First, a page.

Thanks-giving and what it does

The world feels sad and scary just now.  And for some, it may feel like denial or naiveté to deliberately turn to gratitude.  Perhaps we start to believe we are accomplishing something by feeling the weight of the world in every moment, so by stopping to give thanks, it looks like we’re stepping away from our post.

But that couldn’t be further from the truth.  
Gratitude is not trite.  It is not shallow.  It comes out of suffering and survival, and it demands honesty. In fact, grieving opens us to greater gratitude, and gratitude opens us to  deeper grieving; they are both aspects of being alive and paying attention. Gratitude recognizes that life is filled with tragedy, or at the very least anxiety, and it acknowledges our finitude, but at the same time it notices that our very existence is a gift from God; it points us again to that truth. It helps us come awake again.  

Gratitude happens only in the very moment we are in.  “This moment is a gift!” gratitude exclaims, “Life is such a gift!” 

With all the noise, and sorrow, and guns, and advertisements, and fear, and campaigning, we get distracted from the real reality that is here within it all.  Sometimes we stop seeing the presence of God, but God is here.  Sometimes we miss the beauty, and the love, and hope, and the human connection, and forgiveness and compassion, but here it is, leaking into everything through the splits in the seams.  There is no suffering Christ is not sharing, no situation that God is not right here in the midst of, bringing life out of death and light into darkness.

God is God and we are God’s beloved children. Every one.
And one day, when time is no more, there will be only wholeness, abundance and peace, life, wrapped in eternal gratitude.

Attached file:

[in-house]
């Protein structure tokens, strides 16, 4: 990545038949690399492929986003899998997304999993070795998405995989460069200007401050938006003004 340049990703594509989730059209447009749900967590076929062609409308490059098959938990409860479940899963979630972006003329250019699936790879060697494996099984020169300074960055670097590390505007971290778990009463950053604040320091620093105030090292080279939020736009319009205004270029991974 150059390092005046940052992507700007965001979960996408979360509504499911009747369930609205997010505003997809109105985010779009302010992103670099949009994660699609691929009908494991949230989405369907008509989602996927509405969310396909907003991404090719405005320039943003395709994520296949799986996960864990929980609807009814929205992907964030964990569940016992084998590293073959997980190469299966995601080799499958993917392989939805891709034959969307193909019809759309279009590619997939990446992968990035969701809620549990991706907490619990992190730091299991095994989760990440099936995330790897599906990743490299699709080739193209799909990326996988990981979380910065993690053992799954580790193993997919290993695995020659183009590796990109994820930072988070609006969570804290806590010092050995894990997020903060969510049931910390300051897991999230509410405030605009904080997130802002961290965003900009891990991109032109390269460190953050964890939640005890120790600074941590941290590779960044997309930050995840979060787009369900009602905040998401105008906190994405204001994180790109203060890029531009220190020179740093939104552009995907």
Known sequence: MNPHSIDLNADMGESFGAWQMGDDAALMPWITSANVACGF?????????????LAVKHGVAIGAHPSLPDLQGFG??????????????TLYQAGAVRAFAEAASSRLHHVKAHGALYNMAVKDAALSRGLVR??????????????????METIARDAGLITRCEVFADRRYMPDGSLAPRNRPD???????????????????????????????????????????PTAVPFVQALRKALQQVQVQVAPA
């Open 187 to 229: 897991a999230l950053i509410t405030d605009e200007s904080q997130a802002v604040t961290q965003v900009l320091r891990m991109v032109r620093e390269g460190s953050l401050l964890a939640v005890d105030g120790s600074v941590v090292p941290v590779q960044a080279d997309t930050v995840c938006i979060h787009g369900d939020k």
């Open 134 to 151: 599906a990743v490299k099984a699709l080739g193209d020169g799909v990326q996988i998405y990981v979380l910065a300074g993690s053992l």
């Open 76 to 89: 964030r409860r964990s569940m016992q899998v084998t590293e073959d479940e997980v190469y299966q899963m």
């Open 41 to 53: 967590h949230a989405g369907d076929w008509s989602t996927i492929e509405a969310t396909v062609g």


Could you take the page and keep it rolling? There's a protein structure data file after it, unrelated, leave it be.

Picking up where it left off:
The dis-membered world needs people who re-member.  Who notice and celebrate and say Thank You.  And we need it too.

Gratitude brings us back to home base, and plugs us back in to love and hope so we can join in God’s reality around us and between us.  When we allow ourselves to stop in the moment of thank you, for that one moment the real reality of God is breathlessly tangible.

So today when we look across the table at those who we love and wish we could love better, and sit side by side with our joblessness and our cancer, our autism and our anger, our stupid mistakes and unfulfilled goals, and every scary, broken, sad and violent thing happening in the world that presses in on us and feels so heavy and overwhelming, these things are not the biggest or most powerful, or more real thing in the room. Or in the world.

And if you can’t feel it today, that’s ok too. It’s still real. God is still here.  Life is still a gift.  Love still wins, and hope still prevails, and light still shines in the darkness and will not be overcome.  And some other time when you aren’t expecting it, it will tap you the shoulder and flood you with wonder and awe.

So when thanks-giving comes for you – whenever and every time it comes, let it come. Welcome it. Without judgment or hesitation, let it sweep through you and buoy you up in the timeless and eternal promise that tastes like laughter and feels like joy, in its deep-sigh, tear-filled contented stillness.  Let your body practice the truth that your brain sometimes forgets: your heart open and free, remembering, rejoicing, defiant and hopeful and grateful. Give Thanks.

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